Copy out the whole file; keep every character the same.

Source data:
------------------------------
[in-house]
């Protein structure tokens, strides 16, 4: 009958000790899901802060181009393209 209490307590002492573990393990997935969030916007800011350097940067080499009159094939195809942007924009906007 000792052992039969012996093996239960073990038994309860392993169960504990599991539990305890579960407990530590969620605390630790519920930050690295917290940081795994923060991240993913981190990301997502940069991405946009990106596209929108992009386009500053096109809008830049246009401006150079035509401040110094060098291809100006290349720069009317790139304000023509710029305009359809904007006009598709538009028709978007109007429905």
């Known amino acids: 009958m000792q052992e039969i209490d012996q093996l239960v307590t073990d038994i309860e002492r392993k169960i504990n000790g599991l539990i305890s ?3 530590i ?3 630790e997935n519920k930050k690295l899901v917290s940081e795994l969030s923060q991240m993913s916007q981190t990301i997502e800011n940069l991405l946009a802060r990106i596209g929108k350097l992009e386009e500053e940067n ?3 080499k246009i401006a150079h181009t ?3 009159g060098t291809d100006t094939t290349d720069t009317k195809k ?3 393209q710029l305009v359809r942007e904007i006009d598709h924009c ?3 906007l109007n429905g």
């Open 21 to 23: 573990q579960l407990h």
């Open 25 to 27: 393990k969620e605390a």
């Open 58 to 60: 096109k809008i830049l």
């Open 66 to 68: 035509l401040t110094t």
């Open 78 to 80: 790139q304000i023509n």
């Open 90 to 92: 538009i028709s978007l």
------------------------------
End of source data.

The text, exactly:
[in-house]
């Protein structure tokens, strides 16, 4: 009958000790899901802060181009393209 209490307590002492573990393990997935969030916007800011350097940067080499009159094939195809942007924009906007 000792052992039969012996093996239960073990038994309860392993169960504990599991539990305890579960407990530590969620605390630790519920930050690295917290940081795994923060991240993913981190990301997502940069991405946009990106596209929108992009386009500053096109809008830049246009401006150079035509401040110094060098291809100006290349720069009317790139304000023509710029305009359809904007006009598709538009028709978007109007429905």
């Known amino acids: 009958m000792q052992e039969i209490d012996q093996l239960v307590t073990d038994i309860e002492r392993k169960i504990n000790g599991l539990i305890s ?3 530590i ?3 630790e997935n519920k930050k690295l899901v917290s940081e795994l969030s923060q991240m993913s916007q981190t990301i997502e800011n940069l991405l946009a802060r990106i596209g929108k350097l992009e386009e500053e940067n ?3 080499k246009i401006a150079h181009t ?3 009159g060098t291809d100006t094939t290349d720069t009317k195809k ?3 393209q710029l305009v359809r942007e904007i006009d598709h924009c ?3 906007l109007n429905g």
């Open 21 to 23: 573990q579960l407990h």
């Open 25 to 27: 393990k969620e605390a």
């Open 58 to 60: 096109k809008i830049l």
């Open 66 to 68: 035509l401040t110094t």
């Open 78 to 80: 790139q304000i023509n």
């Open 90 to 92: 538009i028709s978007l």